The global pop charts witnessed much-needed style and humour in the summer of 1999 with Lou Bega’s reworked version of Perez Prado’s 1949 hit Mambo No.5. He adopted a distinctive visual image, a combination of both Kid Creole and Cab Calloway, with a white suit, polka dot handkerchief, spats and Barsalino hat topped off by a snazzy pencil moustache. A Little Bit Of Mambo was an instant hit, propelling Bega from a local celebrity to a global winner. The wider commercial audience won by that release won’t be disappointed by this relatively swift, superb follow-up. Combining Caribbean and Latin grooves with thumping disco beats, squealing synthesisers and easy lyrics, Ladies & Gentlemen serves up a stylistically adventurous musical ride. Louis Prima’s cover Just A Gigolo gives quite an idea what to expect. The headliners include You Are My Sunshine, God Is A Woman, People Lovin’ Me and My Answering Machine. The pulsating electro of Club Elitaire is pure Caribbean, while the hit Angelina is an irrepressibly summer slice of the 21st century. But its Lou himself, who demands attention, his playful, romantic and peculiar vocals always come up sounding freshly laundered. Music-rich enough to satisfy without the fiery seasoning.
Revival - Mardi Gras (Virgin Music)
After producing out-of-the-world music in just three years, Creedence Clearwater Revival released their final album Mardi Gras in 1971. Interpersonal tensions became so pronounced within the band that the split was inevitable. This album is an ideal re-introduction to a band that just didn’t reap a lot of rewards for their works in ‘60’s/ ‘70’s, but set such high standards for others to follow. Consequently, it speaks volumes for the strength of the band’s originals, and some astute recruiting, that mostly works quite well as enjoyable timeless rock n’ roll rather than hopeless nostalgia. Certainly such tracks as Tearin’ Up The Country, the smash hit Sweet Hitch-Hiker and What Are You Gonna Do continue in the same stylistic vein as earlier albums, mining an idiosyncratic mood of American roots, but something is very gripping about its presentation. Need Someone To Hold and Someday Never Comes has layers of guitar licking, Door To Door launches into its unstoppable rhythm beat with John Fogerty dishing out his talent, Lookin’ For A Reason is a cool dude rambler, while Take It Like A Friend manages to maintain a constant speed, piling brilliant guitar-works. Aimed at the Stetson crowd and awash with cover versions, Mardi Gras sounds reclined and breezy. Fogerty’s varied, gravelly vocals and the band’s truckling guitar interplay, shown in fully inspired form, make a swift line for Mardi Gras.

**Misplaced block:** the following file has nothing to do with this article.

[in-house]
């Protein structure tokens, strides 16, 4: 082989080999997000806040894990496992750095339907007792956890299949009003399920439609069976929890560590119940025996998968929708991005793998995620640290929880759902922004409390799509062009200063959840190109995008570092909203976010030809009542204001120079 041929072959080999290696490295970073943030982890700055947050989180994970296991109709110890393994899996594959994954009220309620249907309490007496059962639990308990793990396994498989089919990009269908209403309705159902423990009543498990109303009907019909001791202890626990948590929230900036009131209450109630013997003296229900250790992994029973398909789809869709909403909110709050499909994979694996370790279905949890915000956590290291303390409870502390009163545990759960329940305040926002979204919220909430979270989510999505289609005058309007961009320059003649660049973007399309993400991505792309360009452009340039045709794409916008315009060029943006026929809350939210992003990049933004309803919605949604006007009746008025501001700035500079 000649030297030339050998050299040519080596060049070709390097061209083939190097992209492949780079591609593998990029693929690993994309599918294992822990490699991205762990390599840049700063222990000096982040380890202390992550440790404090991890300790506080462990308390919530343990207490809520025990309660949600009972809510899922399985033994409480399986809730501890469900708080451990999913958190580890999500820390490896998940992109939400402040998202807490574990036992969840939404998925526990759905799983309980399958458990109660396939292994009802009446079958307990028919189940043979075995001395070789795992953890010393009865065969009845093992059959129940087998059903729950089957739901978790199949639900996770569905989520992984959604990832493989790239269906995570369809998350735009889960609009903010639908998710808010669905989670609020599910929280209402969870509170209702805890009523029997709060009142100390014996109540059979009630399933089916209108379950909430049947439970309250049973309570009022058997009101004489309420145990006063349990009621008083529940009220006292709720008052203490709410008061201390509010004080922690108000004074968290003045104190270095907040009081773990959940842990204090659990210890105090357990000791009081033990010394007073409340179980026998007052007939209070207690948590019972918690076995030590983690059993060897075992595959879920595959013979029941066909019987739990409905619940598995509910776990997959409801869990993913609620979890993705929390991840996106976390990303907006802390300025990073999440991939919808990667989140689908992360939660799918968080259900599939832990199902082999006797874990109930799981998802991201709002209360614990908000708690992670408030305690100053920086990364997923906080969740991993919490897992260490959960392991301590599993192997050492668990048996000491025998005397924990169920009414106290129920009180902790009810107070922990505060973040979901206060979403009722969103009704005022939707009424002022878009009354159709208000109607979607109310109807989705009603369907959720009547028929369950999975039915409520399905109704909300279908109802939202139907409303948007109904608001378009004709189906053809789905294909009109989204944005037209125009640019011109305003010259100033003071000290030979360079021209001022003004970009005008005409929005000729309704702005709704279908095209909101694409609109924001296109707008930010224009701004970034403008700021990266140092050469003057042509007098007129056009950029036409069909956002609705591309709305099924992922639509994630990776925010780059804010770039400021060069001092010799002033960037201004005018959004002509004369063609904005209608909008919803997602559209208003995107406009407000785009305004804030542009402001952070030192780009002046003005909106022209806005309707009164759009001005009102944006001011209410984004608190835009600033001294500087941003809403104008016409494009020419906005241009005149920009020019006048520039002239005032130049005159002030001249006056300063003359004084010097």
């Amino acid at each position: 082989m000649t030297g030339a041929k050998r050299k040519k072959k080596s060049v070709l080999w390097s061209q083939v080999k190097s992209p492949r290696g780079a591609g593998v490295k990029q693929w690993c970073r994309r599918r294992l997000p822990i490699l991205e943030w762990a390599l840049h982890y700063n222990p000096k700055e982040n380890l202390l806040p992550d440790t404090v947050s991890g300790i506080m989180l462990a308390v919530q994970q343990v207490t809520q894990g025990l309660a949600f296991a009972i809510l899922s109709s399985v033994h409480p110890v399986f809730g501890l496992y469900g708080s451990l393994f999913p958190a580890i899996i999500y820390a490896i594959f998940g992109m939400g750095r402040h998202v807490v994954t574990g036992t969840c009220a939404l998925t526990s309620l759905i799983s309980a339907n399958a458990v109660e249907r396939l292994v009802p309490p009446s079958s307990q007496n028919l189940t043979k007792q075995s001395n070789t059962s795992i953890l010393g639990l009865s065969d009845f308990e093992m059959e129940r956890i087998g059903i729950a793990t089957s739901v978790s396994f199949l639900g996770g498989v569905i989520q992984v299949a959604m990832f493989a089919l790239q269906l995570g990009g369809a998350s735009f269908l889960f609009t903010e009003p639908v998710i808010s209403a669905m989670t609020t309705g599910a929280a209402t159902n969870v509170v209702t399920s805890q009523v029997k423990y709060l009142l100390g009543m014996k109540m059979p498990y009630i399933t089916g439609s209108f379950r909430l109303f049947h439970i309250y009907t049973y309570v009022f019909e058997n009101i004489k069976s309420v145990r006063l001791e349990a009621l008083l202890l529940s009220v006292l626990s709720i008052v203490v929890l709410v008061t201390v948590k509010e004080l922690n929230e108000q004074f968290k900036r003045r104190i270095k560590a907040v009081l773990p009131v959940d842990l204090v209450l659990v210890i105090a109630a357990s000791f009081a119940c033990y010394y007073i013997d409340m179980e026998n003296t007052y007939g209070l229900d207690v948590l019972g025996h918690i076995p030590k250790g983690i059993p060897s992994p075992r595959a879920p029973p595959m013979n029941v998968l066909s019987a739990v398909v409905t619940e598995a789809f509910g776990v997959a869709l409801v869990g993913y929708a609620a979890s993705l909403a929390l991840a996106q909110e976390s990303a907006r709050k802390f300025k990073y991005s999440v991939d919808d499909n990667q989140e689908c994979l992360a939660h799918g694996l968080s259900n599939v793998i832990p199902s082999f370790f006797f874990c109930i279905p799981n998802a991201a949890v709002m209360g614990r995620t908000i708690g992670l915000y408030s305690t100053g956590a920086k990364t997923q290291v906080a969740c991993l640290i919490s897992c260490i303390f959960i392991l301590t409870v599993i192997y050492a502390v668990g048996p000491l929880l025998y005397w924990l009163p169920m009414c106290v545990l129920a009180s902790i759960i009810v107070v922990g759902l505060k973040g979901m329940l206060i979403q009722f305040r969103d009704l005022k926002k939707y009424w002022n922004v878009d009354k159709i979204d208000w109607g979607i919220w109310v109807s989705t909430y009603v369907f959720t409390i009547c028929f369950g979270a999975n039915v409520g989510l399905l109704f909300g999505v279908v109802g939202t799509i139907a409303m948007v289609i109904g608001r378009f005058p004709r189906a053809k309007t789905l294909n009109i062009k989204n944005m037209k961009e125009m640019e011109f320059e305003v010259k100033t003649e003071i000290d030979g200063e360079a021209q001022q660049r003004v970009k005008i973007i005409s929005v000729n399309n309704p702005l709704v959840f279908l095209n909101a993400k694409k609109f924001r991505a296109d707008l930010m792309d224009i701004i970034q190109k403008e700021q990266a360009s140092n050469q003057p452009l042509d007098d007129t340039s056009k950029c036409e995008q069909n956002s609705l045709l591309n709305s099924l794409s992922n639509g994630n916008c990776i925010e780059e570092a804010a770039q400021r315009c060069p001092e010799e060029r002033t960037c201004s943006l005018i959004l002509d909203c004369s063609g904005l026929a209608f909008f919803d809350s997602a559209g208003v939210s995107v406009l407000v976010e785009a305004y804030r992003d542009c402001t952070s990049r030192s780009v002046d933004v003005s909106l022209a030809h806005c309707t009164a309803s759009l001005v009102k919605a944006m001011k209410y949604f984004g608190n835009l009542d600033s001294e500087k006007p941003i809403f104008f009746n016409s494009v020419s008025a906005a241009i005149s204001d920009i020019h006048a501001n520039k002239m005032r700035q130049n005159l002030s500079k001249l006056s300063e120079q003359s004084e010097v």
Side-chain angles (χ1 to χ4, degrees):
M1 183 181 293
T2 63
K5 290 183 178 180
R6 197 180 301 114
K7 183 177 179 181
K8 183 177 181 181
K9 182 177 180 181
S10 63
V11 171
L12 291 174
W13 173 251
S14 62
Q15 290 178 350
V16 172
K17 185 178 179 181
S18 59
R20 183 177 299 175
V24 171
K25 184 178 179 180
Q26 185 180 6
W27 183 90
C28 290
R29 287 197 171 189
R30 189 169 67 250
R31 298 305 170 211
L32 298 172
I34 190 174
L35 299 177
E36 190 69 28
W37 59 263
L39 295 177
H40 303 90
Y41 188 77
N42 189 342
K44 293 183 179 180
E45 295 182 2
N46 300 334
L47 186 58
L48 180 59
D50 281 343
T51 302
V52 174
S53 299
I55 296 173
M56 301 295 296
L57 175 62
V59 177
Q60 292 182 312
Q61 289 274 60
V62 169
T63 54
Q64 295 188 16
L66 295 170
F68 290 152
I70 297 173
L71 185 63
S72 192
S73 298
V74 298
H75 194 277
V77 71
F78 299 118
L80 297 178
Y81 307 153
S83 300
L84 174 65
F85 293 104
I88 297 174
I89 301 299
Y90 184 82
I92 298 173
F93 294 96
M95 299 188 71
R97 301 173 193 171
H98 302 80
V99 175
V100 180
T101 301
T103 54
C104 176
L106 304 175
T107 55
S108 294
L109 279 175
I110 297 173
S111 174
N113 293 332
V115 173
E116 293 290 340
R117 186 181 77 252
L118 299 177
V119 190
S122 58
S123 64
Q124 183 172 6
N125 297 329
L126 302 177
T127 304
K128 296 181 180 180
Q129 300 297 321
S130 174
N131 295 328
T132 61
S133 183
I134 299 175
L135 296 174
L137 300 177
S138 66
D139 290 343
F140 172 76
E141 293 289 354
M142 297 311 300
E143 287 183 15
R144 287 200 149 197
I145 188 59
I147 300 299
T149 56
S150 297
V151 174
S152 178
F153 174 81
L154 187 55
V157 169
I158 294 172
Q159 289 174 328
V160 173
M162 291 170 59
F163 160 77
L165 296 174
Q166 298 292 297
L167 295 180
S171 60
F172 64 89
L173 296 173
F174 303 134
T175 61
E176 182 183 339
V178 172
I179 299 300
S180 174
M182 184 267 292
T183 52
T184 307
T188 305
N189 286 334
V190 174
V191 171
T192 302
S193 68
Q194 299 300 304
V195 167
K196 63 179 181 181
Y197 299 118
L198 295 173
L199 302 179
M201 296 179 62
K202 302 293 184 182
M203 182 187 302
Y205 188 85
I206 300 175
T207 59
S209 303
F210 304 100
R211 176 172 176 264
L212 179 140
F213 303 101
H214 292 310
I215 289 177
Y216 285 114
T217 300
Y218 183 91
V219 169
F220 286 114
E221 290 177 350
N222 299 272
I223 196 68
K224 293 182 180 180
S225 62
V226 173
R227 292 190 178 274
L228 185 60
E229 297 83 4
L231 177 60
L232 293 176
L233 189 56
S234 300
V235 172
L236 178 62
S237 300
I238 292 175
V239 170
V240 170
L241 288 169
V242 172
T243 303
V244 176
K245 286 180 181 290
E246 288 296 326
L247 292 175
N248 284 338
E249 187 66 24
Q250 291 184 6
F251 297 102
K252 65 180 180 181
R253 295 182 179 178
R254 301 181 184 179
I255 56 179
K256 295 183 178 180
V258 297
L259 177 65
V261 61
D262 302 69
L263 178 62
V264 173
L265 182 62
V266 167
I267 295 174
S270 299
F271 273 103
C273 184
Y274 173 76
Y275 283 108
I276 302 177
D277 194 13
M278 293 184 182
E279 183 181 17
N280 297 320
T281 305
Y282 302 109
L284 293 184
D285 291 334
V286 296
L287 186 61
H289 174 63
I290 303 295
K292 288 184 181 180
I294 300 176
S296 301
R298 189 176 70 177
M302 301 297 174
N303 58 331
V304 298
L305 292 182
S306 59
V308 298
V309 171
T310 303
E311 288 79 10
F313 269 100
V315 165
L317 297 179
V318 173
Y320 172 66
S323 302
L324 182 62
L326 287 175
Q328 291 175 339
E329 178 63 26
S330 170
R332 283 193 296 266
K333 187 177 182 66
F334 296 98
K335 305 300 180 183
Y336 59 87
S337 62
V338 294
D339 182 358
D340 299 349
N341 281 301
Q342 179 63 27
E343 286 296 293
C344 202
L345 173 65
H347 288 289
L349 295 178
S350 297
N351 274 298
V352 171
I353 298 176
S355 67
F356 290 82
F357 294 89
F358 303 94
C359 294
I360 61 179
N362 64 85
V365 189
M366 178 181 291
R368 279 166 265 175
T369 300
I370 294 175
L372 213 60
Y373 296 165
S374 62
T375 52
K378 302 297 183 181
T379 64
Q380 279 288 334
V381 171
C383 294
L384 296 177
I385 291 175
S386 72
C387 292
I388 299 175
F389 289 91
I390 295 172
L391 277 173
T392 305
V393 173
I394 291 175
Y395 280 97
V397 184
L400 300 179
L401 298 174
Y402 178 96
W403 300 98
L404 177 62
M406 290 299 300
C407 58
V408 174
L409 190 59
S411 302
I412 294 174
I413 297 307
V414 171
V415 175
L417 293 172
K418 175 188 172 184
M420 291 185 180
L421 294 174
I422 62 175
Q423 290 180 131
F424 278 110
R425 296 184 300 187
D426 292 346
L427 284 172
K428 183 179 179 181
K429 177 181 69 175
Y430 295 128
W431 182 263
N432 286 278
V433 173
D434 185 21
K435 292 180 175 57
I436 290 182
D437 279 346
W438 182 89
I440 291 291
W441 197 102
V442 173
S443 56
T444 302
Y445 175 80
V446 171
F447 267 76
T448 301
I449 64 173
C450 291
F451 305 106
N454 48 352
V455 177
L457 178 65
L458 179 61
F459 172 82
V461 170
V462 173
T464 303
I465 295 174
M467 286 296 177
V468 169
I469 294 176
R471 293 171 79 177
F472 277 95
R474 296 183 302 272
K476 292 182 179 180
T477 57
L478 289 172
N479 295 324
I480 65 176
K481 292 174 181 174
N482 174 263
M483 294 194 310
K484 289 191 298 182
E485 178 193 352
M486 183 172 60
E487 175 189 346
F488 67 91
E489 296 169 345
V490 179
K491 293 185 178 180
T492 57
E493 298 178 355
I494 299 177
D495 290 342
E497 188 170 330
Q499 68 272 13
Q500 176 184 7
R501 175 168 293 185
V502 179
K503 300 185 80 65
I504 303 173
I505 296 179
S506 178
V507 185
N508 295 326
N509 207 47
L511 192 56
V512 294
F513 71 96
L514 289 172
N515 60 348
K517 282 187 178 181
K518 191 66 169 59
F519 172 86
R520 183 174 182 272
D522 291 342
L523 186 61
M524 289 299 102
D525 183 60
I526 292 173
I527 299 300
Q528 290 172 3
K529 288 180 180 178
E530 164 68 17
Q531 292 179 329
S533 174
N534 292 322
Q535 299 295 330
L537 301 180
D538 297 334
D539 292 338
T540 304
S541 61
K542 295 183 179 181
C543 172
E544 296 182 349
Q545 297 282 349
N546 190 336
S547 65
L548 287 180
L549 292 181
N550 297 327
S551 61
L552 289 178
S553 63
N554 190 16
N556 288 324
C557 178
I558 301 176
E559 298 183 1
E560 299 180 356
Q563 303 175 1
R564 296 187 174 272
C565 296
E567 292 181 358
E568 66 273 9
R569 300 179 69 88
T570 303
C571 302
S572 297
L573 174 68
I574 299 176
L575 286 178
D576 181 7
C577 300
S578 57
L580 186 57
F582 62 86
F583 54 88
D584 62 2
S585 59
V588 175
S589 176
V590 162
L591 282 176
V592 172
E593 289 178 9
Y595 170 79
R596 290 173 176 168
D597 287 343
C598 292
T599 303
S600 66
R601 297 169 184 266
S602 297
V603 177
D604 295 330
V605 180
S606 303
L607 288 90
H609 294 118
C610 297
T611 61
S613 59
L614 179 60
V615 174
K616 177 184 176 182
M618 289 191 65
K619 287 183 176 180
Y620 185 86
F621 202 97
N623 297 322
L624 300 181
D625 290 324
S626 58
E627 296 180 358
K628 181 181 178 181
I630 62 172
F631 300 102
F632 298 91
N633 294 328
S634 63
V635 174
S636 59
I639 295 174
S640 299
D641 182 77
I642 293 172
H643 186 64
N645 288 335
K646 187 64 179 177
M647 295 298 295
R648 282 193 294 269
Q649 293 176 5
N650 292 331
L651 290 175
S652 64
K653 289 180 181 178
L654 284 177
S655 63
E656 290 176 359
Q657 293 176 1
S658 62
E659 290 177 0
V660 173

Album Of the month
Moulin Rouge - Motion Picture Soundtrack – Various Artists (Universal)
Undoubtedly this is the most sensual, audacious and gripping movie musical since Bob Fosse’s Cabaret. For the soundtrack of his latest blockbuster, a story of star-crossed lovers who happen to meet at the famed Paris nightclub, Romeo & Juliet, director Baz Luhrmann has crossed all musical boundaries. The soundtrack showcases a variety of genres and talent, hoping to build anticipation for the film. And it attempts to accomplish this by appealing to the electic edge of pop culture. And, for the most part, it succeeds. David Bowie opens and closes the album with two drastically reworked versions of Nature Boy- the opening track is accented by a dramatic orchestral arrangement, while the concluding version is a trip-hop collaboration with Massive Attack. The album’s most talked about single, a remake of La Belle’s Lady Marmalade by pop superstars Lil Kim, Christina Anguilera, Mya and Pink, has taken care of the MTV generation. The film’s protagonists Nicole Kidman and Ewan McGregor, too, showcase their strong vocal abilities. Most notable tracks being McGregor’s version of Elton John’s Your Song, Kidman’s Sparkling Diamonds (a brilliant cocktail of Marilyn Monroe’s Diamonds Are A Girl’s Best Friend and Madonna’s Material Girl) and the comical Elephant Love Melody, a medley of love songs from such varied artists as the Beatles (All You Need Is Love), U2 (In The Name Of Love) and Thelma Houston (Don’t Leave Me This Way). Bono, Gavin Friday and Maurice Seezer make a thumping majestic anthem out of T-Rex’s Children Of The Revolution. The most surprising track here comes in the form of Hindi Sad Diamonds, featuring our very own Alka Yagnik with the Bollywood hit number Chamma Chamma. The soundtrack shows that besides being a visionary filmmaker, Baz Luhrmann has got a flair of things musical as well.